Selective eating and other early symptoms of anxiety disorders

Selective eating and other early symptoms of anxiety disorders

Struggled breathing, sweating, the beat of a heart in the ears — these symptoms of anxiety are well-known for anxiety disorder patients. Noting less visible signs of these illnesses, such as picky eating habits, could help patients deal with problems before they even develop. Recent research finds picky eating as children could foreshadow certain mental disorders.

Recent research finds moderate selective eating linked to anxiety, depression and attention-deficit hyperactive disorder. Severe selective eating, which means an incapability of eating anything outside of home, means the child is seven times more likely to develop social anxiety compared to young people without selective eating issues.

Nancy Zucker, lead author of the study and associate professor of psychiatry and behavioral science at Duke University School of Medicine, along with her colleagues, looked at 917 children between the ages of two and six by interviewing parents over a three-year span.

About 20 percent of children are picky eaters and researchers caution the study finds a correlation, not causation.

“I don’t want to raise panic among parents,” Zucker said. “I’m hoping this research will make all of us realize that the story is more complicated than we appreciated.”

Zucker believes the picky eating is a sign of heightened sensitivity to texture, taste and visual stimuli. Such overwhelming feelings not just toward food but life in general can tax children into adulthood as well. Zucker thinks it could be a sign for parents to look out for rather than feel guilt over what they could be doing differently.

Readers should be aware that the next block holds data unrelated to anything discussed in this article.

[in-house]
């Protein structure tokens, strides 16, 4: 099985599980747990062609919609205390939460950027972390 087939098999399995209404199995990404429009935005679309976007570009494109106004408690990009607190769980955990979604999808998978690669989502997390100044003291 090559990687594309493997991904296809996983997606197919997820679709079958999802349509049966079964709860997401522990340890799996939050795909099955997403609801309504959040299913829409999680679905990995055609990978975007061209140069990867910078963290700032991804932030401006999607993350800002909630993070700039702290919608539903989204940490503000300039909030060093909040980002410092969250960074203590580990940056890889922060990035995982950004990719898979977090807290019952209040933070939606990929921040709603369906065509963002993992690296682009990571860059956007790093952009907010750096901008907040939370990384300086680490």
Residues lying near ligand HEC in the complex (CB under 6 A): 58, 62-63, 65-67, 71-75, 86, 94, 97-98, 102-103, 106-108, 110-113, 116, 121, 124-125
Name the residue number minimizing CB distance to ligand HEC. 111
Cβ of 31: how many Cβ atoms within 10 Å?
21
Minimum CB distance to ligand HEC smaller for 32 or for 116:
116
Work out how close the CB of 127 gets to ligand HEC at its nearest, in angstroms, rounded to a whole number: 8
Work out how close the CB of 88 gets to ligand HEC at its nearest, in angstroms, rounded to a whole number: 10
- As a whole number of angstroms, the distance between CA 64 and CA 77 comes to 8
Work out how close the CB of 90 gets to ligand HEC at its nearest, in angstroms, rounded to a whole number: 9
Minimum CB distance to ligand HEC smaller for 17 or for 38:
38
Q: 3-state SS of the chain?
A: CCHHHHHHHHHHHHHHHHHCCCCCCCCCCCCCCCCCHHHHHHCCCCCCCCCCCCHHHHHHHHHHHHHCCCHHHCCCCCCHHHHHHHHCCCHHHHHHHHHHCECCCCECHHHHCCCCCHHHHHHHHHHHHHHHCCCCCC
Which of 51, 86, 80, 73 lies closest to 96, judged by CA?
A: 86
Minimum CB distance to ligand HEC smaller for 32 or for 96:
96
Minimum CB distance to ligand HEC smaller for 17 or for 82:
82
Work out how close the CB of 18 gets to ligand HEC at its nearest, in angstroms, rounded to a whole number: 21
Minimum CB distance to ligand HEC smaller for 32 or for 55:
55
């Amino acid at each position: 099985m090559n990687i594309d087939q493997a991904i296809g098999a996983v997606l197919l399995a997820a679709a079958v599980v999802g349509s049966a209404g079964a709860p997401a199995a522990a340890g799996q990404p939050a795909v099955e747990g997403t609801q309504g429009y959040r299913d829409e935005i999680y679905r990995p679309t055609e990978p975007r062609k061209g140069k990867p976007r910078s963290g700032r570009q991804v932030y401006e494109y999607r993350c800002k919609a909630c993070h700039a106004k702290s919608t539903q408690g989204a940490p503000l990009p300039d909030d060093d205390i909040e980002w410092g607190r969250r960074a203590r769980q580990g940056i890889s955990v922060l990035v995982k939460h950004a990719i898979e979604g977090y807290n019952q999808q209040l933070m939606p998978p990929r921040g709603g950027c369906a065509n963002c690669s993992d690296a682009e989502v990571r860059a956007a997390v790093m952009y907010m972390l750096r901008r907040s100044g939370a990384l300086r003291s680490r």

While research on the connection between persnickety food habits and anxiety is still ongoing, there are more established signs of these disorders.

Generalized anxiety disorder (GAD) is recognized by persistent, overwhelming feelings of burden over a six-month span or longer to the point of disrupting daily life. Sleep problems are another sign, with many GAD patients experiencing consistent tossing and turning at night and racing thoughts when waking.

Muscle tensions would be another symptom, which includes jaw clenching or tightness in many other parts of the body. Chronic indigestion, also known as irritable bowel syndrome, is recognized by stomach aches, food sensitivities, trouble in the bathroom and painful bloating.

Anxiety can cause more trouble than frequent visits to the loo. This class of disorders can require treatment for the long haul by a mental health professional and The Anxiety Treatment Centers of California is the perfect resource for finding one. Call us at any time to get started.

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